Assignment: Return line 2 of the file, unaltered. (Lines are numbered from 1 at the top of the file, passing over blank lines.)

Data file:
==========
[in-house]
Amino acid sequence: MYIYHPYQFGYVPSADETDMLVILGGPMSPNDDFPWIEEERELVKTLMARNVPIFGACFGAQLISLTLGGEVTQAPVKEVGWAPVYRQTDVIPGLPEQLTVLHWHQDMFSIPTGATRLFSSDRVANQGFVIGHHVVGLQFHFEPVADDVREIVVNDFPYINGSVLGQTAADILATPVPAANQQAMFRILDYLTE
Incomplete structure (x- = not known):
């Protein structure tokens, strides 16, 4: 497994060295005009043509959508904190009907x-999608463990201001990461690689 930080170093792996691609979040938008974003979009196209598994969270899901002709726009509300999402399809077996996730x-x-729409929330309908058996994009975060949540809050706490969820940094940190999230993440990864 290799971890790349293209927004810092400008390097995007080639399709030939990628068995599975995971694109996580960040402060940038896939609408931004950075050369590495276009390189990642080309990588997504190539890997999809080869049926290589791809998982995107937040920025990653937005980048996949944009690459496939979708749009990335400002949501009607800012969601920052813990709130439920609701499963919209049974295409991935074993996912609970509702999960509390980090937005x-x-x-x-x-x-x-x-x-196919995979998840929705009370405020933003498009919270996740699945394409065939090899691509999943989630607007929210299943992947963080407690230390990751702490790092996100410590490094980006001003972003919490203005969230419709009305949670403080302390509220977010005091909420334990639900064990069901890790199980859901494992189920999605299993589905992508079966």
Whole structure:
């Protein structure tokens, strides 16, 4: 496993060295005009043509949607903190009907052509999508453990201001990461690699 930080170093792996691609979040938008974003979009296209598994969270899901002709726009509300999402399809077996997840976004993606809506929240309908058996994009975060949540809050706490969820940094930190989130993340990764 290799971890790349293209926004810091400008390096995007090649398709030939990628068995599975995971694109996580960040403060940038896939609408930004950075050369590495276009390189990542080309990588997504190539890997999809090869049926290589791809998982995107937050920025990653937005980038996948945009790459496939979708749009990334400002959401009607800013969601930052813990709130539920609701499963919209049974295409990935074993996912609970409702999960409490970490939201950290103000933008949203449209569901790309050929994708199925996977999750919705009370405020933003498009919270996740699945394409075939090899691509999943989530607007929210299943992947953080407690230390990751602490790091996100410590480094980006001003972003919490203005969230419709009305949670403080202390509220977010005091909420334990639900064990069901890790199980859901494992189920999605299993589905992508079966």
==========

Amino acid sequence: MYIYHPYQFGYVPSADETDMLVILGGPMSPNDDFPWIEEERELVKTLMARNVPIFGACFGAQLISLTLGGEVTQAPVKEVGWAPVYRQTDVIPGLPEQLTVLHWHQDMFSIPTGATRLFSSDRVANQGFVIGHHVVGLQFHFEPVADDVREIVVNDFPYINGSVLGQTAADILATPVPAANQQAMFRILDYLTE